Diary of an NQT: Embracing the extra-curricular

Written by: Diary of an NQT | Published:
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External competitions and challenges can be a great way to engage students and promote your subject, as our NQT diarist hopes to find out

This week I have invested most of my energy in catching up with day-to-day errands. My days feel much calmer at the moment and as a result I have managed to blast through most of my planning and marking.

With this in mind, and with a few spare moments, I decided to have a look through my targets for my NQT year in order to see where I am up to with the various goals that I (rather optimistically) set myself last year. I’ve already mentioned a few of these in previous diary entries for SecEd.

One goal in particular is on my mind at the moment: supporting the wider work of my department. So, where am I up to? Well, I am focusing on contributing a bit more to the department by organising some extra-curricular activities. Last week, I spent a few days researching activities and local competitions that were suitable for both key stage 3 and 4.

I was pleasantly surprised at how many opportunities are out there. They are mainly writing competitions (as per the link to English), but I also came across some brilliant cross-curricular competitions that merged history, drama and a few other subjects.

Our department is generally very good with promoting extra-curricular goings-on, but I have often thought that more students could be involved in these activities. My aim is to establish a foundation for this and create a much bigger buzz.

I’m extremely eager for students to engage with our subject outside of the classroom. I know that our department has worked hard recently to revamp the key stages, exploring periods and novels that we all love teaching, and this has been received very well by our classes.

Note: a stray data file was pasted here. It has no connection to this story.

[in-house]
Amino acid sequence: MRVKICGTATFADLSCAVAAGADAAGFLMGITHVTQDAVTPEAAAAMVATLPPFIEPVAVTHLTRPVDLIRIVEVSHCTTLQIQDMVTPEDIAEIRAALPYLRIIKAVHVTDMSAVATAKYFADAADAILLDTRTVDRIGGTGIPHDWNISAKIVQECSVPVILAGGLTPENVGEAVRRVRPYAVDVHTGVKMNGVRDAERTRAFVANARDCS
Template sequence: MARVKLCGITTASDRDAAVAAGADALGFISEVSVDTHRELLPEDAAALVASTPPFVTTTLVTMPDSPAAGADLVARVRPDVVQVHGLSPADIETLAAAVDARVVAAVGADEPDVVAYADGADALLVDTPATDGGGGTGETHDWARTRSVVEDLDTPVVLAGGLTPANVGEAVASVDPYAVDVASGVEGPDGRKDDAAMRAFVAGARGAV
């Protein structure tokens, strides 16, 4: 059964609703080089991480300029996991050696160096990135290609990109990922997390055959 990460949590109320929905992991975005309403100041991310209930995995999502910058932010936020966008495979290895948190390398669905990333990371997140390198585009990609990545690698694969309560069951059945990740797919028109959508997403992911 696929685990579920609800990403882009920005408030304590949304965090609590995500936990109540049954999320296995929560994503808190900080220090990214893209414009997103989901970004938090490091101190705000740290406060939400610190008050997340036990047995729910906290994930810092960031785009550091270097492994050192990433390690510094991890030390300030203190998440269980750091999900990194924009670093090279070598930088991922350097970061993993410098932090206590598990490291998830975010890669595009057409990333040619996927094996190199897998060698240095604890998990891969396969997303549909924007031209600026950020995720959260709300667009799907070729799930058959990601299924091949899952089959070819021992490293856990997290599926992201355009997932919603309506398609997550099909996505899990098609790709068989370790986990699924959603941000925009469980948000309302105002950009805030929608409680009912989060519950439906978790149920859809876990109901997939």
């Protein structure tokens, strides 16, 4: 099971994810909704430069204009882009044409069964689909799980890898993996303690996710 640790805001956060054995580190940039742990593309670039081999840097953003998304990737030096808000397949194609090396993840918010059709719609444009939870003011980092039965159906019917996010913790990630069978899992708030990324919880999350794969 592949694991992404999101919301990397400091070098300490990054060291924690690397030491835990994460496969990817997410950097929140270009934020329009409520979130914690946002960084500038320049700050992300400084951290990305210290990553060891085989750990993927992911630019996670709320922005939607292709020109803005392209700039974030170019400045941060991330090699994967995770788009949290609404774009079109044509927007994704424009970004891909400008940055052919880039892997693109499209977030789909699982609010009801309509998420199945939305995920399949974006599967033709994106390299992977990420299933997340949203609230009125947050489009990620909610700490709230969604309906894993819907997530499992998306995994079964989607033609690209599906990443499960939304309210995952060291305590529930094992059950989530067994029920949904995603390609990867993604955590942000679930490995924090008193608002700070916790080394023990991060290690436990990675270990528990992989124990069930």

However, it would be great to create some excitement around external competitions and challenges too. Of course, it will involve some extra planning and preparation on my part. I’m giving up a few lunchtimes to facilitate sessions and it will involve lots and scanning and submitting of entries, but I’m making the most of my ability to do this while I’m on a reduced timetable.

I have decided to start small, launching a local writing competition that involves students creating short pieces to submit to a local panel. They will progress through to different stages and there are some great prizes to be won along the way.
I really want students to enjoy the experience – of course, competition and challenge are good, but the point, more importantly, is that creativity is nurtured and cultivated beyond the students’ curriculum timetable.

I am already thinking ahead to how I can promote their hard work in-house: perhaps a collected anthology or published volume of all the entries, or even a “book launch”-style event for parents and other students to see the finished pieces.
I have seen this kind of thing in other schools and I think it is a fantastic way to celebrate the successes of young people.

This is definitely an area of the job that I really enjoy. I have the opportunity to work with students who I might not teach on a day-to-day basis, and generally the premise is that because it is voluntary, the students who enter are extremely enthusiastic!

During the manic periods of an academic year it provides a well-needed reprieve from what can feel like the day-to-day struggles.

If you’re considering undertaking similar activities, I would definitely recommend looking for some subject-specific competitions and challenges – there are plenty to choose from!

  • Our NQT diarist this year is an English teacher at a comprehensive school in the Midlands.


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